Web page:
PHOENIX — It’s just another trade deadline approaching for Rajon Rondo, just another set of trade rumors and assessments of his future in Boston. He’s become accustomed to that banter.
This year, Rondo is coming off major knee surgery and is a month into his return. He has just one more full season on his Celtics contract and is just days from his 28th birthday.
At the just-concluded All-Star Game, there were 12 players on the Eastern and Western Conference rosters younger than Rondo. He is no longer the baby of the Celtics’ bunch, as he was when he was being mentored by — and taking flak from — Paul Pierce, Kevin Garnett, and Ray Allen. Rondo is in his eighth season, approaching his prime years and looking for one final big score, that one contract that can define his career and give him post-career financial security.
Celtics president of basketball operations Danny Ainge said the team is not shopping Rondo, but that didn’t stop teams from discussing the point guard at All-Star Weekend more than any other player. His situation is unique because his contract is expiring after next season, and eventually a team will need to make a commitment to Rondo, and he will need to commit to a team.
The decision doesn’t have to be made now, but it has to be made. And age is becoming a factor. It is a young man’s league; the All-Star Game Most Valuable Player was 21-year-0ld Kyrie Irving. Some of the All-Stars were juniors in high school when Rondo was helping the Celtics win the NBA title in 2008.
Rondo sees his NBA mortality and understands his time is now.
“These guys, my teammates, they look at me like I’m a vet,” he said. “I think you have to be at least seven or eight years to be a vet. I’m right at the cusp. I look at Gerald [Wallace] like he’s old and he’s only 31, so it’s like, ‘Ehhhhh, I’m right around the corner.’ I thought Gerald’s been playing 14-15 years and he’s only 31. So, it’s like, he’s old, but in a couple days I’ll be three years behind him, so I’m going to slow down on calling Gerald old.”
When Rondo reached his first All-Star Game at 23, he thought he would be a staple there for another 10 years. But this past weekend in New Orleans, there was no Celtics representation besides Jared Sullinger and Kelly Olynyk in the Rising Stars Game. The Boston organization was an afterthought because it is in rebuilding mode. Pierce and Garnett were ghosts here, and in a way, so was Rondo.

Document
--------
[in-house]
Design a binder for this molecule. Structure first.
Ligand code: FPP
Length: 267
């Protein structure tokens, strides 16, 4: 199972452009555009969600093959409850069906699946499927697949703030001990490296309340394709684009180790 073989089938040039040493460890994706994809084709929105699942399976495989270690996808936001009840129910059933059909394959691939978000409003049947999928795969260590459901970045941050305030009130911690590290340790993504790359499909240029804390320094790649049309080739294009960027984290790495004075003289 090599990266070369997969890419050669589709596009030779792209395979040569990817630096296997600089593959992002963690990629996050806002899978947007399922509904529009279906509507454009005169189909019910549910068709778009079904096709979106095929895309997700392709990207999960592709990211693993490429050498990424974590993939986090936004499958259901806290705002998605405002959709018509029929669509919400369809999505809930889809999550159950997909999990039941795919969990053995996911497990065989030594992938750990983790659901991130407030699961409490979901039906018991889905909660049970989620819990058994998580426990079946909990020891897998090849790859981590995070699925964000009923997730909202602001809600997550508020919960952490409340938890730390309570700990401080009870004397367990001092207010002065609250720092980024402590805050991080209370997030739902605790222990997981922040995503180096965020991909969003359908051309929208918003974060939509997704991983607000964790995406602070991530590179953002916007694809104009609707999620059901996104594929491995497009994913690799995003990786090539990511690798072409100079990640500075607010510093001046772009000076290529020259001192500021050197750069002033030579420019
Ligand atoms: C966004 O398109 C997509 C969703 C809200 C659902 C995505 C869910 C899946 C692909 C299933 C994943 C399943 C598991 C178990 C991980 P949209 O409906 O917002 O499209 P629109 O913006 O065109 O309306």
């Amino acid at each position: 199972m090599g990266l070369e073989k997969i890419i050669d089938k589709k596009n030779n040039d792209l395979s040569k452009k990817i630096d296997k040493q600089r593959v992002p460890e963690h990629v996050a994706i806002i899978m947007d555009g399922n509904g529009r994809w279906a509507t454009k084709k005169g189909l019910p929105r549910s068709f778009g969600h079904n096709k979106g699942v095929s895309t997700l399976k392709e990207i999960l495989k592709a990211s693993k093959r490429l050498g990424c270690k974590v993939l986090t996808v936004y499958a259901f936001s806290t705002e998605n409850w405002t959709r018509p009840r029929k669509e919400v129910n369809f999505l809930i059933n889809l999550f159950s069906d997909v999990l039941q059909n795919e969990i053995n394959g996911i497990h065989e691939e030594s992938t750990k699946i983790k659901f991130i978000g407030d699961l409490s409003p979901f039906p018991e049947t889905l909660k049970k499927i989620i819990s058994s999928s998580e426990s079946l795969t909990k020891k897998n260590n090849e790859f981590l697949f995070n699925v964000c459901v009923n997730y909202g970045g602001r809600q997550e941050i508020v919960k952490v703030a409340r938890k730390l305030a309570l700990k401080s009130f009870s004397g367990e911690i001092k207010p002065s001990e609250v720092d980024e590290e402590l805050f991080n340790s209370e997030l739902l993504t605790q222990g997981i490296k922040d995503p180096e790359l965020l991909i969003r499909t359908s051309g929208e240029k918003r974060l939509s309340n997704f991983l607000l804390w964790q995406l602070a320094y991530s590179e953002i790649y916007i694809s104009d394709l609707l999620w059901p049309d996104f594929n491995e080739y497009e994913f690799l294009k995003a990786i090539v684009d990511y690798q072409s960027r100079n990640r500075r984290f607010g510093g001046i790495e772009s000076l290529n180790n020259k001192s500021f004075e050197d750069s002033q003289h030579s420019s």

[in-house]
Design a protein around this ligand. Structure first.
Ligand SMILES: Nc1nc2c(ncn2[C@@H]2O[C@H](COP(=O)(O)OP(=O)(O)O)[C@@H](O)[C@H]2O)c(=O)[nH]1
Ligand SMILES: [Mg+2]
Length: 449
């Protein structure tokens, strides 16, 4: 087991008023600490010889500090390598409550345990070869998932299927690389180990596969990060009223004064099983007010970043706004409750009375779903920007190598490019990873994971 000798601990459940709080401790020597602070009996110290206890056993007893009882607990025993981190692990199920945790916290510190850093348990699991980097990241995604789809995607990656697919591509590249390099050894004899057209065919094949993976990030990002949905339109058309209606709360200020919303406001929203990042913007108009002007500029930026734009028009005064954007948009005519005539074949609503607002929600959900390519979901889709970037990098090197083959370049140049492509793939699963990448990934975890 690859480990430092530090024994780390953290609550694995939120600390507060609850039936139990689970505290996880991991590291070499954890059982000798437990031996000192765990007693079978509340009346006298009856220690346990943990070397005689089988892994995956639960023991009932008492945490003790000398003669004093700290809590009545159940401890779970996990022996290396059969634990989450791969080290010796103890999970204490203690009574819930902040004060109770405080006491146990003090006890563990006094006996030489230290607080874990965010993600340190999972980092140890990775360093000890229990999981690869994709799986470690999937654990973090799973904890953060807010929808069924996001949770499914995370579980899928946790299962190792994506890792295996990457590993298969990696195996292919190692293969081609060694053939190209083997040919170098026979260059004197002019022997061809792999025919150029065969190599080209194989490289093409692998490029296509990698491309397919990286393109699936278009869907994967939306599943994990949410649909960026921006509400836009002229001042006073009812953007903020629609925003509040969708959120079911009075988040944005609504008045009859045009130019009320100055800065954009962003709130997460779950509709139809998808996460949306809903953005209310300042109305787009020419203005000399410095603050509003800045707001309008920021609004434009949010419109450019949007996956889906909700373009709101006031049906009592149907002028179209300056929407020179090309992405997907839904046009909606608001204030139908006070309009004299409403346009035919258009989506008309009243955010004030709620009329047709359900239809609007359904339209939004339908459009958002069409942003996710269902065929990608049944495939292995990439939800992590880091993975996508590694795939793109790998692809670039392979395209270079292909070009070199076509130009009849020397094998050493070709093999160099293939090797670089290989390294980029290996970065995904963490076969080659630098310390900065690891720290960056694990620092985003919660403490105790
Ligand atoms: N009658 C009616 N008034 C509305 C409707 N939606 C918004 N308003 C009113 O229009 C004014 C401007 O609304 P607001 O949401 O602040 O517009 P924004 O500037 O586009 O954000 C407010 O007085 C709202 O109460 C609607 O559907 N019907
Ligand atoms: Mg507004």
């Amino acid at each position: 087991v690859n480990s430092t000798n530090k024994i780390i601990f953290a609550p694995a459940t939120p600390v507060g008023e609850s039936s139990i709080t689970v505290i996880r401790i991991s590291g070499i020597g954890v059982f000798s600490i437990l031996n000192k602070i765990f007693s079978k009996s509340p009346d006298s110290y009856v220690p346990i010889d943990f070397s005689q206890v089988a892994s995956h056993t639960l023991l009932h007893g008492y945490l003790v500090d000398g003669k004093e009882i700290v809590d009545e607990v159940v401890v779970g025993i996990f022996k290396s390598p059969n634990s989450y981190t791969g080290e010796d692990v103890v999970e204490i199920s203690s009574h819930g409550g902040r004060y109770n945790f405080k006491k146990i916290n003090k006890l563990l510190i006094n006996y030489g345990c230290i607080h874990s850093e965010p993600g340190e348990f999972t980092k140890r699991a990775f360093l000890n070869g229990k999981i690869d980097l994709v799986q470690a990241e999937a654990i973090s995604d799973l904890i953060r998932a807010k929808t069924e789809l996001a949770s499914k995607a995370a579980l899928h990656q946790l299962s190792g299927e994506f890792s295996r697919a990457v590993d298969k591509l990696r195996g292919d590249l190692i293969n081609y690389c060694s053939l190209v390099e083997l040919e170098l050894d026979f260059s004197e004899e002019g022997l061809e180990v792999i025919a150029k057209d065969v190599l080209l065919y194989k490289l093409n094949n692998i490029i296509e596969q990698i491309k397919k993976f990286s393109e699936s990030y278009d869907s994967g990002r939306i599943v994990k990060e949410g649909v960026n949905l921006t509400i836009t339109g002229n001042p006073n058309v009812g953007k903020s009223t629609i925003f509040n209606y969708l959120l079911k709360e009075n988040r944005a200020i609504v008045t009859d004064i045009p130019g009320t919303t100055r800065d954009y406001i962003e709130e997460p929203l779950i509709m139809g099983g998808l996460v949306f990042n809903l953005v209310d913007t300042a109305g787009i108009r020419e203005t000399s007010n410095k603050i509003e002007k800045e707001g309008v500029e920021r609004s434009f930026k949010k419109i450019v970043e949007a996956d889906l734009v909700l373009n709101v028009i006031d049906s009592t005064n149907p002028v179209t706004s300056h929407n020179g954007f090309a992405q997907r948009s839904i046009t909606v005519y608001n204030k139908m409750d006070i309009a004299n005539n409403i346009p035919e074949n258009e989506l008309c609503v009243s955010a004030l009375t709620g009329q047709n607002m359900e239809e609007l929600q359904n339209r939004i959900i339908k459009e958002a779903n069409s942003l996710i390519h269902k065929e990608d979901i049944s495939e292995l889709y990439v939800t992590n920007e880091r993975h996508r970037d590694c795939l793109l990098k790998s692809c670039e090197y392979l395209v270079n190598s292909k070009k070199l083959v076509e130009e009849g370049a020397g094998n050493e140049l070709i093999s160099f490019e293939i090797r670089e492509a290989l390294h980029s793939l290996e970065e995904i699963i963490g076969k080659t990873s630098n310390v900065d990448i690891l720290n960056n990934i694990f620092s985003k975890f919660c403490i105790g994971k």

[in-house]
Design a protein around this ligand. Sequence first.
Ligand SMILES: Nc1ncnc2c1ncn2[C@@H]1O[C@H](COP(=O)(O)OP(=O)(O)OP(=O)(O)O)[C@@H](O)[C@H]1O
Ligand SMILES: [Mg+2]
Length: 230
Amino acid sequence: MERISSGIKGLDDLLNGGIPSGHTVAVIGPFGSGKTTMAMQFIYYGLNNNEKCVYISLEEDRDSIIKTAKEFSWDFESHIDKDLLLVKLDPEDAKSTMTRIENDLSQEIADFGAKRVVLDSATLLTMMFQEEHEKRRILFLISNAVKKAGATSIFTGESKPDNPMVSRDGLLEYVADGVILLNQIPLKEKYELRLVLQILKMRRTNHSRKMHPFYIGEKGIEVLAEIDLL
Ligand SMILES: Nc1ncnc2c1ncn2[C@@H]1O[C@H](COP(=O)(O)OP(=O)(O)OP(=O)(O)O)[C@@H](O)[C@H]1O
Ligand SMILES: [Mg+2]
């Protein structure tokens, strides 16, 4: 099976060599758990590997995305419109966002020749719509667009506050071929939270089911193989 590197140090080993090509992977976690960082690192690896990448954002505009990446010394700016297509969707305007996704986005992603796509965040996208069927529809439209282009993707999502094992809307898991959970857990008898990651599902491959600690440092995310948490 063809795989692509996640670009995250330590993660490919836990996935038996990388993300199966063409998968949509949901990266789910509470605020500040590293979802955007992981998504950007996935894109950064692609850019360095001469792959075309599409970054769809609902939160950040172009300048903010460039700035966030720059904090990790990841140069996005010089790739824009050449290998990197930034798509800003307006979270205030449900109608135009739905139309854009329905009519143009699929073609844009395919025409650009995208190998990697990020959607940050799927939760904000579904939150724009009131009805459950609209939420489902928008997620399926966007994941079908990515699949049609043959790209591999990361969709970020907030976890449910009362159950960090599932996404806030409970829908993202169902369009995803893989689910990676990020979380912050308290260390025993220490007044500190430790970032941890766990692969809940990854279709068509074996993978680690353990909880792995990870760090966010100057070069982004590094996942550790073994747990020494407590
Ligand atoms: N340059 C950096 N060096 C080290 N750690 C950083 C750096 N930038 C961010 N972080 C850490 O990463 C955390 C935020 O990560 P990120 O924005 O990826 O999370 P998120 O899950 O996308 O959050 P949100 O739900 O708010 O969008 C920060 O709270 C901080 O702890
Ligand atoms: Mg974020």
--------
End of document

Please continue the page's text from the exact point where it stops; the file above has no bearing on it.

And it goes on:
“It didn’t motivate me, but I plan on being back there next year,” he said of the All-Star Game. “That’s an individual goal of mine. At the end of the day, I just want to get back to 100 percent. And continue to improve my game. The rest of this year and this summer, just get better, become a better player.”
There remains an upside to Rondo’s game, even though he’s almost 28. He can become a better shooter, a better leader, and make better court decisions. He has to convince the Celtics, if they aren’t already, that he will make a full recovery and return to All-Star form. Time is becoming a factor, especially when a potential maximum contract could be at stake.
“Yeah, I believe so,” he said when asked if he was approaching his prime. “You can say that. I can still get better. I don’t think I’ve reached my peak. Some guys may reach their peak at 25 and max out, but I think I can continue to still get better and will get better.”
The kid is growing up, likely halfway through his NBA career. Of the 30 players drafted in the first round in Rondo’s year of 2006, 18 are out of the NBA, including Brandon Roy (knees) and Adam Morrison (flameout). There are no promises for a long NBA career. You have to have good fortune, good health, and a stellar work ethic.
Rondo has been blessed with at least two of those, and he understands his career GPS is well into its journey.
“I think 28 is your prime,” he said. “Talking to a lot of the older guys, like I said, KG, Pierce, they are a certain age. So I have at least probably four or five more good years that I know that I can compete at a high level. And I had basically almost a year off, so subtract that. I’m about 27.”
The next 24-plus hours could be critical to Rondo’s career. The Celtics could show they have faith in him by not executing a trade and Rondo would have to return the favor by returning from major knee surgery with passion.
“It may take a year, it may take 18 months, hopefully it doesn’t take 36,” he said of returning to form. “I’m feeling more and more comfortable as time goes on. There’s still general soreness. I don’t think I’ve played even 10 games yet. I still feel good. I’m just glad to be back out on the court, playing basketball.”